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Consumers are prepared to pay more for goods in exchange for more privacy but the difference comes down to pennies rather than pounds.

A lab study sponsored by ENISA, the European Union security agency, confronted participants with a choice of whether to buy identical goods from two online vendors, one of which offered a lower price but wanted personal details such as government-issued ID number and mobile phone number that the other more expensive vendor didn't request.

Where the prices on offer were the same, the lab rats stayed away from the privacy-violating online retailer. However the aversion wasn't strong and a price discount of just €0.50 (£0.42) was enough to tempt consumers into choosing the privacy-invading provider.

The experiment involved 443 people and a choice between two online cinema vendors. The cheaper chain asked users for their mobile number and permission to send them marketing messages via email. Both requested the name, email address and date of birth of prospective buyers. The study was run by researchers at the German Institute for Economic Research (DIW Berlin) and the University of Cambridge.

When prices were the same, the privacy-friendly chain established a market share of 83 per cent. Even when the privacy-busting chain offered bargain prices, a sizeable minority (29 per cent) willingly paid extra to avoid handing over their mobile phone number. This share drops to 9 per cent for those prepared to pay extra to avoid marketing emails.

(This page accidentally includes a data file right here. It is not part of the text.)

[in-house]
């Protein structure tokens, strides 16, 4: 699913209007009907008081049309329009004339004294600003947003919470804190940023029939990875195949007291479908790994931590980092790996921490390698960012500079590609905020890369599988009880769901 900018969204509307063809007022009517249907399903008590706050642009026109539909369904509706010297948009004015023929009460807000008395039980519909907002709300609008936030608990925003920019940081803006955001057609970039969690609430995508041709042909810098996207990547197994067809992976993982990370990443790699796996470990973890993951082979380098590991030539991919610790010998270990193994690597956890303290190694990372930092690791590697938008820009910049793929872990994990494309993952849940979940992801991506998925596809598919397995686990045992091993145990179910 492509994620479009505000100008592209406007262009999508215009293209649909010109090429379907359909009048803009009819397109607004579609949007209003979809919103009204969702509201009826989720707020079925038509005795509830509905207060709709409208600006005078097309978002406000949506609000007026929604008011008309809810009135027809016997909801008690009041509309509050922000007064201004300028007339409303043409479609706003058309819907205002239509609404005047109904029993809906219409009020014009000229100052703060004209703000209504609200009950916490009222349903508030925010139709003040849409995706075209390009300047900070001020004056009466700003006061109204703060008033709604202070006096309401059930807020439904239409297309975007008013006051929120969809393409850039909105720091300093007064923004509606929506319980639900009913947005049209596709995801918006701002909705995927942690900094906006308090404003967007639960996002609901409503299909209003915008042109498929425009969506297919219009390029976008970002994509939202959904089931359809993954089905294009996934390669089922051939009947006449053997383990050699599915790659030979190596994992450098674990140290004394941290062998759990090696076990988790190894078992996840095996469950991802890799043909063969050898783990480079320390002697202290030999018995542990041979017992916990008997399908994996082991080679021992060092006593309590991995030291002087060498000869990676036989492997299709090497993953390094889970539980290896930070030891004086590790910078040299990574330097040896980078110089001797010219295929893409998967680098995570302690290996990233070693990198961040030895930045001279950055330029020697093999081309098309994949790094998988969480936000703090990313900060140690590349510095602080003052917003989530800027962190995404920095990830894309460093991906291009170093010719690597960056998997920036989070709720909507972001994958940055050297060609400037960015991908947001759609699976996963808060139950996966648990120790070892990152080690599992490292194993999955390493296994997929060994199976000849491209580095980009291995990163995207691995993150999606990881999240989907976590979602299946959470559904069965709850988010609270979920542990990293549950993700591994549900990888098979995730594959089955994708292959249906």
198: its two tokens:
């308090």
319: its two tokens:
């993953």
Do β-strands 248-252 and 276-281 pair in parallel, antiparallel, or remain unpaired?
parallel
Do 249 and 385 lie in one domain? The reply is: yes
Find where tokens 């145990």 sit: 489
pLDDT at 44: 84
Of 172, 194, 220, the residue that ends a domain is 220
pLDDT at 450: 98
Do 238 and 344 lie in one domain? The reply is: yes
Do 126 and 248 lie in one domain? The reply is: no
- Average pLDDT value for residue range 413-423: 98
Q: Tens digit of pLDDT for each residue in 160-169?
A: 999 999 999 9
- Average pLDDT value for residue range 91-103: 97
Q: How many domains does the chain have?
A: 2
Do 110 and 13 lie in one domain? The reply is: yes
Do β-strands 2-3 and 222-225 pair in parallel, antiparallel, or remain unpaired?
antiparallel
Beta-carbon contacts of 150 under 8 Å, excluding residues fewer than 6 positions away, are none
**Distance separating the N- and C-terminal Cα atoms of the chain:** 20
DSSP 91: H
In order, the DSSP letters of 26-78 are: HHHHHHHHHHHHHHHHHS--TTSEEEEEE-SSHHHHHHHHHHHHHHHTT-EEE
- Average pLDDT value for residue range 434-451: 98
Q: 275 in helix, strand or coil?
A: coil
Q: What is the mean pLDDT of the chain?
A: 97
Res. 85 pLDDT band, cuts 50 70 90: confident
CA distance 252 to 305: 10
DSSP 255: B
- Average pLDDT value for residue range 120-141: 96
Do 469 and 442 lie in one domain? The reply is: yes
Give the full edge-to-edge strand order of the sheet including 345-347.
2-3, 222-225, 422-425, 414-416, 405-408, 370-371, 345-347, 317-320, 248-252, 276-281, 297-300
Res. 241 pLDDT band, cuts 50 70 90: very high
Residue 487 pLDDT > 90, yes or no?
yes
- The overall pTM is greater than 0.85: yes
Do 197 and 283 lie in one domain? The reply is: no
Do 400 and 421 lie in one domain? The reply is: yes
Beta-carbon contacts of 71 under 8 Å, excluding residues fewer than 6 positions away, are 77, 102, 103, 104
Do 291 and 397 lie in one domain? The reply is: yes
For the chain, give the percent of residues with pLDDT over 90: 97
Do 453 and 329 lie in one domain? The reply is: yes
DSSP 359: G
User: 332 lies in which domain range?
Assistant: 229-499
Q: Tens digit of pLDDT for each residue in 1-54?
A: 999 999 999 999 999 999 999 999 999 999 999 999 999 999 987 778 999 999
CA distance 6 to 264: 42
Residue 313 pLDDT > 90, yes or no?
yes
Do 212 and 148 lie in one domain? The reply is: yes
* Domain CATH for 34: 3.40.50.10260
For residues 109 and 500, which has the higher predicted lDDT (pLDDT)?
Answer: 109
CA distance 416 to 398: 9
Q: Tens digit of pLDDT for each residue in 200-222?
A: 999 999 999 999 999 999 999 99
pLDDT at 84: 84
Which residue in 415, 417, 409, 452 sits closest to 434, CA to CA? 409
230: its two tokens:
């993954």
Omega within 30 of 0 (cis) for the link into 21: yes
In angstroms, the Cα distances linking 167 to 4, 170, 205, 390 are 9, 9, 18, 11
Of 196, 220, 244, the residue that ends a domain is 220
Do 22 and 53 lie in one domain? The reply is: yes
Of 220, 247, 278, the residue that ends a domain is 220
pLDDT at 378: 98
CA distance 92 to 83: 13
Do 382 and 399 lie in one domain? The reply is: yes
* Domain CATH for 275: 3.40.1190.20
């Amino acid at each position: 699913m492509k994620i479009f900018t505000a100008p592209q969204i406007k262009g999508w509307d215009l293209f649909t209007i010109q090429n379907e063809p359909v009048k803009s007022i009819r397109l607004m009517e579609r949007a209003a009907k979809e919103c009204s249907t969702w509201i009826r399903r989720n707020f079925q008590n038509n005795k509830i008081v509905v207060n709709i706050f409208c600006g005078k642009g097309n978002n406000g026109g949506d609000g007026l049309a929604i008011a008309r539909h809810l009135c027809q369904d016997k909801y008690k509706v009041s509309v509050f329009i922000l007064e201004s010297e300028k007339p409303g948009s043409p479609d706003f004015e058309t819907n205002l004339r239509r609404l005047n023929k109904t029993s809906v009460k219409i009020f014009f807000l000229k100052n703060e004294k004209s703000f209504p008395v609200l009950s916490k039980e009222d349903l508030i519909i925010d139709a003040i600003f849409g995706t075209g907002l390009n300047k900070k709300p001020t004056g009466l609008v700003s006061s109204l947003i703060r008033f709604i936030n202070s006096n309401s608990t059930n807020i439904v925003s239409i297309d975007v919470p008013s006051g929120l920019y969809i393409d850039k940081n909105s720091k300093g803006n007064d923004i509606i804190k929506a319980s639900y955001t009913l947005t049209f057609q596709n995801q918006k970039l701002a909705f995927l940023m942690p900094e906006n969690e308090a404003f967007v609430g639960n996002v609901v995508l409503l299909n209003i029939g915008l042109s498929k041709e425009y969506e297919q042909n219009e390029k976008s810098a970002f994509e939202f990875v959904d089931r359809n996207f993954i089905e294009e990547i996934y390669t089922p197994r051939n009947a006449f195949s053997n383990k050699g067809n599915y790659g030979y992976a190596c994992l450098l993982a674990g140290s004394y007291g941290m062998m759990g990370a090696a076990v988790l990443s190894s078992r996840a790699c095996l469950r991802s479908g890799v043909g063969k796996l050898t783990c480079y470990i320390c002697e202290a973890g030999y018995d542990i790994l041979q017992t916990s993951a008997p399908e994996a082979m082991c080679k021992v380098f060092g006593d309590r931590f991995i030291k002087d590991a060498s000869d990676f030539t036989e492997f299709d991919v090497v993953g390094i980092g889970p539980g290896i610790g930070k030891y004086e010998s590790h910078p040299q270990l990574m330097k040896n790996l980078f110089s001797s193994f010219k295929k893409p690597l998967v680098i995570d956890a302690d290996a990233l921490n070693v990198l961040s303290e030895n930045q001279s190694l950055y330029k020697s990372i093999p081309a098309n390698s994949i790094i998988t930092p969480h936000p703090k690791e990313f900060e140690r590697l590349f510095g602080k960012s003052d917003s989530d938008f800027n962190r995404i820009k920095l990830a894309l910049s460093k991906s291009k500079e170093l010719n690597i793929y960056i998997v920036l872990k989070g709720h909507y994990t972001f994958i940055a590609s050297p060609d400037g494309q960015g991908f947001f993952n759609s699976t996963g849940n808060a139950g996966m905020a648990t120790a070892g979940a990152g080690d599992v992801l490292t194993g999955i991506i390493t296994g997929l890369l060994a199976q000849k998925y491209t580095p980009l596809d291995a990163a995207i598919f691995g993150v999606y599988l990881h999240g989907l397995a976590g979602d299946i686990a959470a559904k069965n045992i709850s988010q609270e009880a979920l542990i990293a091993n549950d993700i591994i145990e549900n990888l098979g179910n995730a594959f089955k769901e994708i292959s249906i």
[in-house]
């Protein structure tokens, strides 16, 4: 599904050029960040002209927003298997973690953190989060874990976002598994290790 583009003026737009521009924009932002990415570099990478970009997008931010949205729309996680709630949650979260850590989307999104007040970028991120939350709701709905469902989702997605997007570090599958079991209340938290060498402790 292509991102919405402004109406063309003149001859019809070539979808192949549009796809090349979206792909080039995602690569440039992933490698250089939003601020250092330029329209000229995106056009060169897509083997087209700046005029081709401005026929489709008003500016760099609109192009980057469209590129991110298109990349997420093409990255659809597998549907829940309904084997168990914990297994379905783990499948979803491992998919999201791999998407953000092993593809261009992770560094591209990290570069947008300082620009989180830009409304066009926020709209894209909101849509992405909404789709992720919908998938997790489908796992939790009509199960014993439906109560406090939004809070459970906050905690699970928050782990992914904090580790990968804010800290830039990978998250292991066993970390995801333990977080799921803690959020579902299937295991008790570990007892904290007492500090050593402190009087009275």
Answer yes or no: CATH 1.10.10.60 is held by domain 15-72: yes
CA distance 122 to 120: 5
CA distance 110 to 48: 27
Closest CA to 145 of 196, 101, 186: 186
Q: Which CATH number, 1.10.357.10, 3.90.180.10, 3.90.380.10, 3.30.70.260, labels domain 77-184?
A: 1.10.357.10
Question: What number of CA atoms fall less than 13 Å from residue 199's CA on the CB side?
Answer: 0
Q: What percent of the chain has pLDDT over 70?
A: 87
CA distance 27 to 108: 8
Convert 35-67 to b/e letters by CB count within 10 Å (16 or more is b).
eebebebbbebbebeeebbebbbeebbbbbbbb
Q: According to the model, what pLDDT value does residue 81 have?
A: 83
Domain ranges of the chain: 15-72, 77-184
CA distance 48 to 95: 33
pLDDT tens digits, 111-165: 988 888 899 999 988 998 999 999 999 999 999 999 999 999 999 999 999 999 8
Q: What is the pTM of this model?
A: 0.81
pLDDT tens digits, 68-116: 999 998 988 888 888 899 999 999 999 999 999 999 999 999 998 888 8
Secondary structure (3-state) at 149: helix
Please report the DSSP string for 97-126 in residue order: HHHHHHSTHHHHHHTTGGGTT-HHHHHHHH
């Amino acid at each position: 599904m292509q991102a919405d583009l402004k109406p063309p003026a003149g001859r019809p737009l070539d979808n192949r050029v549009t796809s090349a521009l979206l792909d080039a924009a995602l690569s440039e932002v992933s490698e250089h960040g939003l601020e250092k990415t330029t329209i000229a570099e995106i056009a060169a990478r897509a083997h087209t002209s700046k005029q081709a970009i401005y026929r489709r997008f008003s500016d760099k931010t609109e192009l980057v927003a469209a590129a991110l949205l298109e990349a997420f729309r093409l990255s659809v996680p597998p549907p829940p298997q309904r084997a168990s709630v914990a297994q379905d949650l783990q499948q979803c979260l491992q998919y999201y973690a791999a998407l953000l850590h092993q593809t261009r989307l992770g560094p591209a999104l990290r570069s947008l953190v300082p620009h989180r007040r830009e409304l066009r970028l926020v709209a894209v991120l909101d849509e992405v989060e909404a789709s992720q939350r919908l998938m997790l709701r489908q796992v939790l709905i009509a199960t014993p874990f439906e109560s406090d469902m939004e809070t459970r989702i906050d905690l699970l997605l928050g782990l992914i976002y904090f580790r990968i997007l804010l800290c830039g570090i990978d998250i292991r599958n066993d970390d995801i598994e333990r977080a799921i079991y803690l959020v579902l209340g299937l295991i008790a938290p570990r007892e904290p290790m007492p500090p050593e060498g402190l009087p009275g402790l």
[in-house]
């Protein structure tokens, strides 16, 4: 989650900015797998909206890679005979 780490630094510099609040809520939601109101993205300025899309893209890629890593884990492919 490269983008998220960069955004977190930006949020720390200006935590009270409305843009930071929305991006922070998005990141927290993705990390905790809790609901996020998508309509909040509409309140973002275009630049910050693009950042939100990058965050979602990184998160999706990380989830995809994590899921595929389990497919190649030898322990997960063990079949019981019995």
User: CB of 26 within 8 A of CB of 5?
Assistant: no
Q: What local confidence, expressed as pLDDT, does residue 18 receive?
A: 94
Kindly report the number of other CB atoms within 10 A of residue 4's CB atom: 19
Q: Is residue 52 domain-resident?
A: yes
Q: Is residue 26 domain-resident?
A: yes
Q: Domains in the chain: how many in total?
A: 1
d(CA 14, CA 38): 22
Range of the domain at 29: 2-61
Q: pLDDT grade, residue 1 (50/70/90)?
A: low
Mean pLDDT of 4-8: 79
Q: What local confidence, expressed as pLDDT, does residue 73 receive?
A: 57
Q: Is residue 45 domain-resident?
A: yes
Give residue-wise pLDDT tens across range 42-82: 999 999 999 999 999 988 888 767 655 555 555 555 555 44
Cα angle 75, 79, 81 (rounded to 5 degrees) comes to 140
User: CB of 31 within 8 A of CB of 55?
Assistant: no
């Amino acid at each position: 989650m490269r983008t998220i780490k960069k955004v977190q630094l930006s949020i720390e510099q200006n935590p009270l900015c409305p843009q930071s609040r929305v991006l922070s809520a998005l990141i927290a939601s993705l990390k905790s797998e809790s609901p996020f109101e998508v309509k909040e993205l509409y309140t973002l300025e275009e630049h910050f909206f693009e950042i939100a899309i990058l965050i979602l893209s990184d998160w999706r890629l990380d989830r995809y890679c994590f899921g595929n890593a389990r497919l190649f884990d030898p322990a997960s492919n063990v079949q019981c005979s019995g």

The survey is one of the few of its type to date. Sören Preibusch, a member of the University of Cambridge team, said the experiment showed that privacy-friendly services were capable of attracting a healthy niche market.

"A sizeable proportion of consumers are willing to pay a higher price for privacy," he writes. "Online businesses can capitalise these concerns. Privacy-friendliness is a win-win for online retailers and their customers."

The lab tests were supplemented by field surveys of 2,300 participants that broadly confirmed the earlier findings.

More details on the study, entitled Monetizing Privacy: An Economic Model for Pricing Personal Information can be found here.

Consumer privacy has hit the headlines over recent weeks with concerns over the lack of transparency over privacy practices employed by many mobile application developers, but the issue is wider than that and also affects web-based services. A post on the Cambridge University's Light Blue Touchpaper blog discussing the experiment in greater depth and discussing the concept of privacy as a currency for web-based services can be found here. ®

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